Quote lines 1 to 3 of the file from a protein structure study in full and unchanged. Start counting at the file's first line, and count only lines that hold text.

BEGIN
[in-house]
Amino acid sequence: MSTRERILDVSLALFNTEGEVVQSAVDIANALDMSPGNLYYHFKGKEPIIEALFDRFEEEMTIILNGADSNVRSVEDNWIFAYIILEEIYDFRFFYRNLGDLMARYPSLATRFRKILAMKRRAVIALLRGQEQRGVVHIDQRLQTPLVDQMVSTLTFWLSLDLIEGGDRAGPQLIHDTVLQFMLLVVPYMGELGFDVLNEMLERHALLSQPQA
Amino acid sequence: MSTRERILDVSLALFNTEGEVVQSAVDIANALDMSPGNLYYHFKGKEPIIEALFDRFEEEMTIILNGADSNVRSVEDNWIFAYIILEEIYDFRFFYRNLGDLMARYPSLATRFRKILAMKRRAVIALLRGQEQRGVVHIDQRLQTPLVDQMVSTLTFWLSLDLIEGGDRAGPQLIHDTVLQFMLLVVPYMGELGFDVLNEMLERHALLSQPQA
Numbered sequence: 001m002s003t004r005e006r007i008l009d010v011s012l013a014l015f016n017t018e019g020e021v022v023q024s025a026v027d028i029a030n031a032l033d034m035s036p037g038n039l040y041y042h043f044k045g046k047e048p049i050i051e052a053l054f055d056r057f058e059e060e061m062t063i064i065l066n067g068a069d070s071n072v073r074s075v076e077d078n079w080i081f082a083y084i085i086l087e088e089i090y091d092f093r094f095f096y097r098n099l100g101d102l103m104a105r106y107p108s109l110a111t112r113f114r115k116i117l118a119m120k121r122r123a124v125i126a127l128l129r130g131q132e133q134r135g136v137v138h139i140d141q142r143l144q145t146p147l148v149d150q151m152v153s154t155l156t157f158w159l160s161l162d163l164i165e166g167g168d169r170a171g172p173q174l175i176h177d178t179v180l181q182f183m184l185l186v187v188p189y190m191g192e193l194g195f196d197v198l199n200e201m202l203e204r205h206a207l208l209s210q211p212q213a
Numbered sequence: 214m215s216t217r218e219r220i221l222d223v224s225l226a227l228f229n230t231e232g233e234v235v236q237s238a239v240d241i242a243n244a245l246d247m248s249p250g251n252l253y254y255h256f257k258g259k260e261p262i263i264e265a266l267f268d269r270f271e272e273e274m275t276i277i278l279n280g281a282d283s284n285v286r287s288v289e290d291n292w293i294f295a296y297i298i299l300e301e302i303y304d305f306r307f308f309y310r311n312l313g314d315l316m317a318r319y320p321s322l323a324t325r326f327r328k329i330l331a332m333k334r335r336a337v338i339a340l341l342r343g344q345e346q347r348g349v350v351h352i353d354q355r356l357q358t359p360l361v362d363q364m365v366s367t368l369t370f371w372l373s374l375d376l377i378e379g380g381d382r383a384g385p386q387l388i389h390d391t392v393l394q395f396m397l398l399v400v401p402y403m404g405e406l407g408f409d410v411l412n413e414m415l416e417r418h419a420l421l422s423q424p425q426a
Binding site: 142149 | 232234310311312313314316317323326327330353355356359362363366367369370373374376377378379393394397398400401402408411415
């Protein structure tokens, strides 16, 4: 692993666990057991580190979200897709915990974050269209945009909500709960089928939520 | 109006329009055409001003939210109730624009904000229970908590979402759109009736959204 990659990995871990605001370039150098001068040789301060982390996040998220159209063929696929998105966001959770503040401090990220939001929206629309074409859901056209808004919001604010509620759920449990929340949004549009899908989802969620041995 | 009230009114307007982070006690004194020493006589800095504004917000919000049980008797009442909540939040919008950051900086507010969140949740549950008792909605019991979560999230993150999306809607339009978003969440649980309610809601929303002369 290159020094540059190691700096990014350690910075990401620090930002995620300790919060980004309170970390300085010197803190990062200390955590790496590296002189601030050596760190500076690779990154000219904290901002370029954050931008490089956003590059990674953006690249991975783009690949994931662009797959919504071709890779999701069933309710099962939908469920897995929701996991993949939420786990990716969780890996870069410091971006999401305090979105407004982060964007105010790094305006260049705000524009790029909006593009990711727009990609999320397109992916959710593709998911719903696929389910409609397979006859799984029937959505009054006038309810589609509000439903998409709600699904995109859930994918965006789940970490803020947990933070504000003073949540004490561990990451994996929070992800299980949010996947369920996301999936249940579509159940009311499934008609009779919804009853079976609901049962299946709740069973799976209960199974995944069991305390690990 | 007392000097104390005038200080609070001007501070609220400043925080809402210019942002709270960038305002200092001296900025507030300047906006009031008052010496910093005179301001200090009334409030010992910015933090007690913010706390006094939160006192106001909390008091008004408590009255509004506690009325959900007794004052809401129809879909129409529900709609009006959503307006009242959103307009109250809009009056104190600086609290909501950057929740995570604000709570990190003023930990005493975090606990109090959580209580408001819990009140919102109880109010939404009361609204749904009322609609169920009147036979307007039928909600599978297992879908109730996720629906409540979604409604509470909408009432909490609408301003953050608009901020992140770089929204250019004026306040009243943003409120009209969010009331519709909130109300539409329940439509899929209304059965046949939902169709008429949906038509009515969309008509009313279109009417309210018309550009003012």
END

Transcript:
[in-house]
Amino acid sequence: MSTRERILDVSLALFNTEGEVVQSAVDIANALDMSPGNLYYHFKGKEPIIEALFDRFEEEMTIILNGADSNVRSVEDNWIFAYIILEEIYDFRFFYRNLGDLMARYPSLATRFRKILAMKRRAVIALLRGQEQRGVVHIDQRLQTPLVDQMVSTLTFWLSLDLIEGGDRAGPQLIHDTVLQFMLLVVPYMGELGFDVLNEMLERHALLSQPQA
Amino acid sequence: MSTRERILDVSLALFNTEGEVVQSAVDIANALDMSPGNLYYHFKGKEPIIEALFDRFEEEMTIILNGADSNVRSVEDNWIFAYIILEEIYDFRFFYRNLGDLMARYPSLATRFRKILAMKRRAVIALLRGQEQRGVVHIDQRLQTPLVDQMVSTLTFWLSLDLIEGGDRAGPQLIHDTVLQFMLLVVPYMGELGFDVLNEMLERHALLSQPQA